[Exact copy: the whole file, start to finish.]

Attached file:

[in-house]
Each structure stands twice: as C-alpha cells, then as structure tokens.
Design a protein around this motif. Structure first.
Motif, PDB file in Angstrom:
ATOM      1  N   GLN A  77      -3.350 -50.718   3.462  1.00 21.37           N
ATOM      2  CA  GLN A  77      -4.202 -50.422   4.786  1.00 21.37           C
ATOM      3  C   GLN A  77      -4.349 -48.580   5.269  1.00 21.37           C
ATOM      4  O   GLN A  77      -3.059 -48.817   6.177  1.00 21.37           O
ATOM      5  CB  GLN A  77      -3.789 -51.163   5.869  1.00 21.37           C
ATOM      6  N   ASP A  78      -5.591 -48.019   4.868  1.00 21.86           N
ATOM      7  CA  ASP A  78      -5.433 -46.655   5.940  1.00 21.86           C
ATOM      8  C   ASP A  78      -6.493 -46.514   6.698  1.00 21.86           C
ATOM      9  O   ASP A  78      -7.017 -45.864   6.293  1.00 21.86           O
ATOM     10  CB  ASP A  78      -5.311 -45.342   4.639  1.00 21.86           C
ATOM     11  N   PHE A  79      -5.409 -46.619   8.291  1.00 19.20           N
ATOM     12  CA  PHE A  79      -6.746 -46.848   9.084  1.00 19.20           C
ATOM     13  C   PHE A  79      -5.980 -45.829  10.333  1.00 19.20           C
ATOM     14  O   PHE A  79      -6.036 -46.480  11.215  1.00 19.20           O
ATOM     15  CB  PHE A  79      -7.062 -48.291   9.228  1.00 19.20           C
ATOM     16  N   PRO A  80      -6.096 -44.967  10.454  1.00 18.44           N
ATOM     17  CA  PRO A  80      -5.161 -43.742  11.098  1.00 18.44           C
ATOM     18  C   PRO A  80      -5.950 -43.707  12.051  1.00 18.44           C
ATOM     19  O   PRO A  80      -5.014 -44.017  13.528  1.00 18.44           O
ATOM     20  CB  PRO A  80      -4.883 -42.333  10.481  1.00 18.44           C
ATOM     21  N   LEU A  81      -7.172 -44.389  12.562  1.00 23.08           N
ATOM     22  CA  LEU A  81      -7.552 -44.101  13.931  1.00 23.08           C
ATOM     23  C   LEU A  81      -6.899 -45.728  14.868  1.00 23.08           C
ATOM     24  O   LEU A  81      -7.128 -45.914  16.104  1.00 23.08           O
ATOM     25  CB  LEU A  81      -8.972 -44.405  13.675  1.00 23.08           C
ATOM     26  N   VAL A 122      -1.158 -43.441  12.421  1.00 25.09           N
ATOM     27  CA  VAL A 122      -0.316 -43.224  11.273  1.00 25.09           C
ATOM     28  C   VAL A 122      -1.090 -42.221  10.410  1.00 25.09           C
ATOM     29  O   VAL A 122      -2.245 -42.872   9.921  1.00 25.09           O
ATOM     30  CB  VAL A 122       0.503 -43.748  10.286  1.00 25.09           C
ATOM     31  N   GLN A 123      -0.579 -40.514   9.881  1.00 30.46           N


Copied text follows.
[in-house]
Each structure stands twice: as C-alpha cells, then as structure tokens.
Design a protein around this motif. Structure first.
Motif, PDB file in Angstrom:
ATOM      1  N   GLN A  77      -3.350 -50.718   3.462  1.00 21.37           N
ATOM      2  CA  GLN A  77      -4.202 -50.422   4.786  1.00 21.37           C
ATOM      3  C   GLN A  77      -4.349 -48.580   5.269  1.00 21.37           C
ATOM      4  O   GLN A  77      -3.059 -48.817   6.177  1.00 21.37           O
ATOM      5  CB  GLN A  77      -3.789 -51.163   5.869  1.00 21.37           C
ATOM      6  N   ASP A  78      -5.591 -48.019   4.868  1.00 21.86           N
ATOM      7  CA  ASP A  78      -5.433 -46.655   5.940  1.00 21.86           C
ATOM      8  C   ASP A  78      -6.493 -46.514   6.698  1.00 21.86           C
ATOM      9  O   ASP A  78      -7.017 -45.864   6.293  1.00 21.86           O
ATOM     10  CB  ASP A  78      -5.311 -45.342   4.639  1.00 21.86           C
ATOM     11  N   PHE A  79      -5.409 -46.619   8.291  1.00 19.20           N
ATOM     12  CA  PHE A  79      -6.746 -46.848   9.084  1.00 19.20           C
ATOM     13  C   PHE A  79      -5.980 -45.829  10.333  1.00 19.20           C
ATOM     14  O   PHE A  79      -6.036 -46.480  11.215  1.00 19.20           O
ATOM     15  CB  PHE A  79      -7.062 -48.291   9.228  1.00 19.20           C
ATOM     16  N   PRO A  80      -6.096 -44.967  10.454  1.00 18.44           N
ATOM     17  CA  PRO A  80      -5.161 -43.742  11.098  1.00 18.44           C
ATOM     18  C   PRO A  80      -5.950 -43.707  12.051  1.00 18.44           C
ATOM     19  O   PRO A  80      -5.014 -44.017  13.528  1.00 18.44           O
ATOM     20  CB  PRO A  80      -4.883 -42.333  10.481  1.00 18.44           C
ATOM     21  N   LEU A  81      -7.172 -44.389  12.562  1.00 23.08           N
ATOM     22  CA  LEU A  81      -7.552 -44.101  13.931  1.00 23.08           C
ATOM     23  C   LEU A  81      -6.899 -45.728  14.868  1.00 23.08           C
ATOM     24  O   LEU A  81      -7.128 -45.914  16.104  1.00 23.08           O
ATOM     25  CB  LEU A  81      -8.972 -44.405  13.675  1.00 23.08           C
ATOM     26  N   VAL A 122      -1.158 -43.441  12.421  1.00 25.09           N
ATOM     27  CA  VAL A 122      -0.316 -43.224  11.273  1.00 25.09           C
ATOM     28  C   VAL A 122      -1.090 -42.221  10.410  1.00 25.09           C
ATOM     29  O   VAL A 122      -2.245 -42.872   9.921  1.00 25.09           O
ATOM     30  CB  VAL A 122       0.503 -43.748  10.286  1.00 25.09           C
ATOM     31  N   GLN A 123      -0.579 -40.514   9.881  1.00 30.46           N